OverviewA Lesson by Matthew Smith
A brief examination of topics. An introduction to what will be covered.
"The House of Fantasy is
built of stone and wood and furnished in High Medieval. Its people
travel by horse and galley, fight with sword and spell and
battle-axe, communicate by palantir or raven, and break bread with
elves and dragons.
The process of building a
fictional world is something all speculative fiction writers
should acclimate themselves with. They should learn as much as
possible, as fast as possible, getting as much of the aforementioned
learned material as jumbled as possible, and then, only then
can they spit it back out to make something "unique".
He who writes fanfiction denies his nature for creative thieving.
While all forms of speculative fiction can benefit from world-building, these lessons will deal primarily with the Fantasy genre. Don't let that stop you from reading this, though. It isn't necessarily genre-exclusive--you may even walk away with something. Of course, that depends on you.
Topics will include:
Religion - The gods and goddesses of your world
Good and Evil - Where to draw a line.
Politics - The kingdoms, empires, and realms of your world
History - Does this need to be clarified?
Military - A big topic--one of the more important
Magic? - A topic any fantasy writer must deal with
Geography - The clever use of mountains can save you a hassle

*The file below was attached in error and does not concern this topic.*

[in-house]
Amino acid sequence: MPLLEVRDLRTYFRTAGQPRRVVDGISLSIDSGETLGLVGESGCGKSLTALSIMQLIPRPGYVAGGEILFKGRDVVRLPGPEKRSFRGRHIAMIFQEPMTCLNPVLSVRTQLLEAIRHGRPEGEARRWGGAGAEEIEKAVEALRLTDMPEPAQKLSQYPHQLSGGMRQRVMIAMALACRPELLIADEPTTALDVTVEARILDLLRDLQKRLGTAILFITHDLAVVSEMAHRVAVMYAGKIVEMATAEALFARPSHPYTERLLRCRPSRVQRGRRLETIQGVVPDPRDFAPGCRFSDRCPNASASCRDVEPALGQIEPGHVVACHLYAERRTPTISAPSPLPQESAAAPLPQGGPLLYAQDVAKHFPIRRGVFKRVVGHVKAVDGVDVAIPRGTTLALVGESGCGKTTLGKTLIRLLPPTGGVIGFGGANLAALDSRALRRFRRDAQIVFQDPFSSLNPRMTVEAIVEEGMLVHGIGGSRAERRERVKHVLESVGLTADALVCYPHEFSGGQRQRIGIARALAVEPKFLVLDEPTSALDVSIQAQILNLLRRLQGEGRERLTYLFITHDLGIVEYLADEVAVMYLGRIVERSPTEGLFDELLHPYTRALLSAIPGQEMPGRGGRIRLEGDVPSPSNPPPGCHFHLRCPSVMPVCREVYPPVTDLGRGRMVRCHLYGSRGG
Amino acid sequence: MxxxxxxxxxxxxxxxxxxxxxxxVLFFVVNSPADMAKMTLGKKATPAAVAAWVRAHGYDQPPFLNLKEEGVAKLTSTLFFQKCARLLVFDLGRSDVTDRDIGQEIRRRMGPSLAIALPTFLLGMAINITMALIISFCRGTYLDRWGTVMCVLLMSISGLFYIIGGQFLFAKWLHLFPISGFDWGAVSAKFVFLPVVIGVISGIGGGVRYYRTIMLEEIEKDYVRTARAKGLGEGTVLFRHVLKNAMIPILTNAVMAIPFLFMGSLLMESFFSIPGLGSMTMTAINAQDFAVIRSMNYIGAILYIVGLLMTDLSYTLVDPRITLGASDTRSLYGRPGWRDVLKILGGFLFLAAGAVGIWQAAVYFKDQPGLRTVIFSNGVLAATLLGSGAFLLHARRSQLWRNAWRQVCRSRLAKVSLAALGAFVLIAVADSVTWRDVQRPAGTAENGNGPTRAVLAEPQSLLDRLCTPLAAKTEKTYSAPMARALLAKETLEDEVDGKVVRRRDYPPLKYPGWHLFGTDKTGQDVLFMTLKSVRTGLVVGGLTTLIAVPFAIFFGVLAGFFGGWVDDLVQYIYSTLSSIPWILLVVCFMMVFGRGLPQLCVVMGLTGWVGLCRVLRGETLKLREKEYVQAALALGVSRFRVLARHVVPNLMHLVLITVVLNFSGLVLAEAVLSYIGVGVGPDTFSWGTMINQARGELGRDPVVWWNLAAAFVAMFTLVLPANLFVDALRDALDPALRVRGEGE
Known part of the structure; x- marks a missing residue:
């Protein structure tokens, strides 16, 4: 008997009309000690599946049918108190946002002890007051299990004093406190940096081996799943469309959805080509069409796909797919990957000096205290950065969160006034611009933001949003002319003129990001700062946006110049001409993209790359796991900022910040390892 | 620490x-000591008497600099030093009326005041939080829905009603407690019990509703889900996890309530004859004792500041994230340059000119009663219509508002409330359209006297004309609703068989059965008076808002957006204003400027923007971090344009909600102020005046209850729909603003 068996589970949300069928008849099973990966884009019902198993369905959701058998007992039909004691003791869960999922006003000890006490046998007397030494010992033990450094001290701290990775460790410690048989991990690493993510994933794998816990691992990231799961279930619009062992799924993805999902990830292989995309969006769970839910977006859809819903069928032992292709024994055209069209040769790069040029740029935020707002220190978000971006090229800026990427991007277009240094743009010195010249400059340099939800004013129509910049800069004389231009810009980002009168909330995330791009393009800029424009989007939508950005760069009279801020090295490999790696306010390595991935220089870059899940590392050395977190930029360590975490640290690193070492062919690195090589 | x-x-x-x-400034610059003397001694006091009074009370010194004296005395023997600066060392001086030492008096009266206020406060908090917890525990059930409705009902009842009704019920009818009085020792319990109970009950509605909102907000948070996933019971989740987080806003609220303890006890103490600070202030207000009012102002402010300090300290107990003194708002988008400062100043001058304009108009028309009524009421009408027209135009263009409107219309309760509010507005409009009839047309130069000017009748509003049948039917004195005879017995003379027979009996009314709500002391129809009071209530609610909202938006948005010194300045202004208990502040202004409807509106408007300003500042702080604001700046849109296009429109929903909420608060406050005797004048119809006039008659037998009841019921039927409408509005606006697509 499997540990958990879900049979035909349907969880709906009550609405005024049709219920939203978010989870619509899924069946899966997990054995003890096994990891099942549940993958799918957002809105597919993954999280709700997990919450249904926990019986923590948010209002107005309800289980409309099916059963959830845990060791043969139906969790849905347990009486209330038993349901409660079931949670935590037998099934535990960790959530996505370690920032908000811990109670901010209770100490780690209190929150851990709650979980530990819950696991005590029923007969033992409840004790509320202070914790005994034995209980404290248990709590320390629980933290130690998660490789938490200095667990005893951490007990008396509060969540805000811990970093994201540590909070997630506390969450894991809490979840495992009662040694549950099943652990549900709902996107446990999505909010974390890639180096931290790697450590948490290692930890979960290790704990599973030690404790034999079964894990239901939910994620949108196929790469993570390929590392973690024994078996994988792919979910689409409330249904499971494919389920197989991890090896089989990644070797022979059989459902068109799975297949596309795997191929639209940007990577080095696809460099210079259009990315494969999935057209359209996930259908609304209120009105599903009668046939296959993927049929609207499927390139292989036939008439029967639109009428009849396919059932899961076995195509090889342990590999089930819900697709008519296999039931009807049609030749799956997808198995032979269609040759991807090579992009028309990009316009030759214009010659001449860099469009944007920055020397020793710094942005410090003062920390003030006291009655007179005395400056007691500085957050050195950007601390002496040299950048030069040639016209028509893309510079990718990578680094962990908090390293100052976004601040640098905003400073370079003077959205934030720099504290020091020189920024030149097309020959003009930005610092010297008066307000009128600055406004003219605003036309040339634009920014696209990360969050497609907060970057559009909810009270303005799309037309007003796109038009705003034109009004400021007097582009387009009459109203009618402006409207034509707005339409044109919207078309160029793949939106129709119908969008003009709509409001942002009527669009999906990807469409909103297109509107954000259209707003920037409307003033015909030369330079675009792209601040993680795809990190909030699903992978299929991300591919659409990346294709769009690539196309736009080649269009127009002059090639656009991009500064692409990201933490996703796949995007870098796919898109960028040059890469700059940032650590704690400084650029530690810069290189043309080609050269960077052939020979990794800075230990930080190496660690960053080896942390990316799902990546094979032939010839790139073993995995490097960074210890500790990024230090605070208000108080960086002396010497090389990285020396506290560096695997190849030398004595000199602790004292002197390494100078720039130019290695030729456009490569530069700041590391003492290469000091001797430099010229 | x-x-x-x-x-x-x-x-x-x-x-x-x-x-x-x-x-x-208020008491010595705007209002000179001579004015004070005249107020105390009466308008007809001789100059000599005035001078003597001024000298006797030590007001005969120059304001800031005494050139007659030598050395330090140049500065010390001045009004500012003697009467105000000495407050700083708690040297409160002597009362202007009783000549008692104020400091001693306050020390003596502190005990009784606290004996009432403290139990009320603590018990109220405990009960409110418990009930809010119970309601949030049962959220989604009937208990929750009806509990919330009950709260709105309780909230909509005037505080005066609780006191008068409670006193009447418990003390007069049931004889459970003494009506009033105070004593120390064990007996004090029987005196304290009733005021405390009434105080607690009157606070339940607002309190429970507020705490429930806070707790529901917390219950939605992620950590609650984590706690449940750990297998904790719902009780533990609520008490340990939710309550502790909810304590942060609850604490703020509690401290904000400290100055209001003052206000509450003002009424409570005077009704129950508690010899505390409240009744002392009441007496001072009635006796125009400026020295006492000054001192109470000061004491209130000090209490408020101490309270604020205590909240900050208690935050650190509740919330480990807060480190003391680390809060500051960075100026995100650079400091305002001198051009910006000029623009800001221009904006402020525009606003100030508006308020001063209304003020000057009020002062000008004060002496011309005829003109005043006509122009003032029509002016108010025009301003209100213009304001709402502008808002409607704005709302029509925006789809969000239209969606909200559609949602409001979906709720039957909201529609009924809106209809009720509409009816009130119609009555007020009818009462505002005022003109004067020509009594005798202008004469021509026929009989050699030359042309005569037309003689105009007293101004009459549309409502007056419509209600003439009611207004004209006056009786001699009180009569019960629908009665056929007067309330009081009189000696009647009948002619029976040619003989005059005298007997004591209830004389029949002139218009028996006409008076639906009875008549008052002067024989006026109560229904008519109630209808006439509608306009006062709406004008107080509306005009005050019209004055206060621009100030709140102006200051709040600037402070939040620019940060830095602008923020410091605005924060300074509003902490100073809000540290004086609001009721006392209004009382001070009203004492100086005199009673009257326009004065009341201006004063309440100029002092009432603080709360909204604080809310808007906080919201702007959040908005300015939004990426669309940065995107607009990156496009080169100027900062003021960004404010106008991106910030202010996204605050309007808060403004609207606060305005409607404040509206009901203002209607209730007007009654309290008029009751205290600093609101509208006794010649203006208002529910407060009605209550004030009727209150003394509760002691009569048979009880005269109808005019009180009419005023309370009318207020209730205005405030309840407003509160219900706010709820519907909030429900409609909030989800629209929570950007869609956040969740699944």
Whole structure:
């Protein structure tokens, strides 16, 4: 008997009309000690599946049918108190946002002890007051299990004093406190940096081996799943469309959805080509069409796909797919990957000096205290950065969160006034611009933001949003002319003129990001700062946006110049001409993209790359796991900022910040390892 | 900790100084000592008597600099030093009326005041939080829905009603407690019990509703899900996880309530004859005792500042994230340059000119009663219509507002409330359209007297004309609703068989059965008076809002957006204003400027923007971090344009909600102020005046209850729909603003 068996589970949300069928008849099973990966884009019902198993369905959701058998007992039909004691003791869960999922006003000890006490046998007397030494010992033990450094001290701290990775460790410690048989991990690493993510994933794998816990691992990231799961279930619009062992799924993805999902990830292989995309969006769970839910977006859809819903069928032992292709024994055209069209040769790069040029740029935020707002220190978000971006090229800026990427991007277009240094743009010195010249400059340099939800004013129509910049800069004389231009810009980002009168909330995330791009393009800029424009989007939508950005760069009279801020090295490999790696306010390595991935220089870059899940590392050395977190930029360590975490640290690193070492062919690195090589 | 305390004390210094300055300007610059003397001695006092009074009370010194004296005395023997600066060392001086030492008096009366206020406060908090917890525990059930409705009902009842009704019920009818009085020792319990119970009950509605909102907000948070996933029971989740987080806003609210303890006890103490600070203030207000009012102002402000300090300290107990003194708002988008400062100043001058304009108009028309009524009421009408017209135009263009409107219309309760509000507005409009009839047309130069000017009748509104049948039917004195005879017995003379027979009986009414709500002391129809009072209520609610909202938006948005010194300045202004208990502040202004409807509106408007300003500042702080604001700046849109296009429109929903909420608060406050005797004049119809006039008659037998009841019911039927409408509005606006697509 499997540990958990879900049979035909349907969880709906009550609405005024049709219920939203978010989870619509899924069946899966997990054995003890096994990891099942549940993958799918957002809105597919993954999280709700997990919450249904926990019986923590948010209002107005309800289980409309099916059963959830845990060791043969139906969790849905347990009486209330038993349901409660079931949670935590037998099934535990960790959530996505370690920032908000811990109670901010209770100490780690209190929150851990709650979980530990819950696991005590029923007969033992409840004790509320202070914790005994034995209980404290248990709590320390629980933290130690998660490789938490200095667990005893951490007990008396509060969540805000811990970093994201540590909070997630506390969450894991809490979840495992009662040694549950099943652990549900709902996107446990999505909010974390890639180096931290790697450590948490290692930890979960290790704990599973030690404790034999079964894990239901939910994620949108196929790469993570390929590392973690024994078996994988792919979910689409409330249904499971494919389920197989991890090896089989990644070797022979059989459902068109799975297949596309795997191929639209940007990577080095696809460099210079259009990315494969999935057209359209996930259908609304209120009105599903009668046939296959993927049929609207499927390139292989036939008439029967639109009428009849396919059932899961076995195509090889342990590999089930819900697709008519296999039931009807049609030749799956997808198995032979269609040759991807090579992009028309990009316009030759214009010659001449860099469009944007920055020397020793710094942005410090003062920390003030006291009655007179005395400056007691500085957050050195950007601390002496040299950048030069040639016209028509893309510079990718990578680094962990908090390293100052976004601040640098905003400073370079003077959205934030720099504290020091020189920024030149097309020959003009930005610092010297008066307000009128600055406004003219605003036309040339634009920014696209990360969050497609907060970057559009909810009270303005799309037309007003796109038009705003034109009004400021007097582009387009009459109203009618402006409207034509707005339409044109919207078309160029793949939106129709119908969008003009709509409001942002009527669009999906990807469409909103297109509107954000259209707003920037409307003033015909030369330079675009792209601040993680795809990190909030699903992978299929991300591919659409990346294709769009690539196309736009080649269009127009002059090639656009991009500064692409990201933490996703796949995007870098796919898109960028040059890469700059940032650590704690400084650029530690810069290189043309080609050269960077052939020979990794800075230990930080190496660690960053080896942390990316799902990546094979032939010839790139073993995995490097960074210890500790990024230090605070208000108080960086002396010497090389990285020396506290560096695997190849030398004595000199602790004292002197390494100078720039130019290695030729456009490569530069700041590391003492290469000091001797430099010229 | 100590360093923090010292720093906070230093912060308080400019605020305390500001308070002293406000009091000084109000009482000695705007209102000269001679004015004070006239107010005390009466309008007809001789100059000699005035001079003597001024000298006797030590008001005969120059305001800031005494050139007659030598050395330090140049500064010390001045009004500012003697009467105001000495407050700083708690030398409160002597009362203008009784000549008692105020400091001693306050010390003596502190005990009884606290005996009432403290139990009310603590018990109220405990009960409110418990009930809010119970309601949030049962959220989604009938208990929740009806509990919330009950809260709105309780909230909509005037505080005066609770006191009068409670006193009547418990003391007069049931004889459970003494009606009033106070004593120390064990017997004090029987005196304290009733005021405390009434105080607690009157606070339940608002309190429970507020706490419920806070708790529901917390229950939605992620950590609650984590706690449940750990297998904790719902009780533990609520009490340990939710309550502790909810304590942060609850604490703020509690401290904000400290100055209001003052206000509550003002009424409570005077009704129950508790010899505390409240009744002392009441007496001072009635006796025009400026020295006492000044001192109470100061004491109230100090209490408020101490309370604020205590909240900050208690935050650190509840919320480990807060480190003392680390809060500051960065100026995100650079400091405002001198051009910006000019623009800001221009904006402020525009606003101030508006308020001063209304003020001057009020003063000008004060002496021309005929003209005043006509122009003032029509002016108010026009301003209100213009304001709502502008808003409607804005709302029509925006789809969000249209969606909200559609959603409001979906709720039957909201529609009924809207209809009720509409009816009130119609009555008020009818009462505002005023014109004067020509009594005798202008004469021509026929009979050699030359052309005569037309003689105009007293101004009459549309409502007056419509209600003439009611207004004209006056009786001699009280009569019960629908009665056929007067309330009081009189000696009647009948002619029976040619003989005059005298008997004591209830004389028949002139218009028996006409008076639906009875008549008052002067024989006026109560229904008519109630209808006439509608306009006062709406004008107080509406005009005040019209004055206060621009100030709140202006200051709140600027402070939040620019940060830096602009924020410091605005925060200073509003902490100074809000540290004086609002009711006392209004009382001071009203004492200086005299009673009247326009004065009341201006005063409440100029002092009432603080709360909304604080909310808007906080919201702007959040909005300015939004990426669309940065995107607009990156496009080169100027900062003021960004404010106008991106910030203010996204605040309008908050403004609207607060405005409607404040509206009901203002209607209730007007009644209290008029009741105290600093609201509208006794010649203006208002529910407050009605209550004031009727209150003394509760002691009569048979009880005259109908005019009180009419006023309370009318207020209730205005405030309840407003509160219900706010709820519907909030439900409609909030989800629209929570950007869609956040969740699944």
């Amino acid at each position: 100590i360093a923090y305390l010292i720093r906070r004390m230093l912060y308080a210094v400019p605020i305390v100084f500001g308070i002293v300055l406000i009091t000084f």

Characters - Where do they fit?
Examples - The who's who of world-building and examples of their work
Personal Tips - My personal tips on the subject, some tried, some tested, none worth your time
*Some may be added later
There is no denying that building a (hypothetically) living, breathing setting can be daunting, tiring, and just freaking boring (unless you enjoy it--like me). It is a requirement, though, and any fantasy writer who skips out on the details will probably flounder and fail. I'm not saying you, dear reader, will flounder and fail--it's just a big possibility. Who knows?
But don't shoot the messenger. I'm just here to help.
What I like to call the "Up-down" method is pretty
straightforward--start at the top and work your way down. Pretty
The "Down-Up" Method is the exact opposite. You start with your characters, the central factors of your story, and work your way up from there. You can build as you go, running with the story head-long. I can't do this--maybe you can, and, if so, good for you. Many Down-Up fantasy writers lack depth in their worlds, however. If you're not willing to go the whole nine yards in your creation, at least take a little bit from these lessons and add more depth to your fictional world. It always helps.
Any lesson in this course would qualify as "Up-Down", that is, starting above and around the characters. To you, the characters will tend to be minor players in the scheme of things.
Hold on to your teeth. This is going to be a real snooze-fest.
I hope you enjoy--or not.
*images created by my brother, Andrew Smith
Added on April 14, 2011
Last Updated on April 16, 2011
AboutHello, I'm Matthew Smith. I write. I read. My main-stay genres are fantasy, science fiction, horror, and historical fiction. I haven't been on this site for a long time. I plan on revamping m..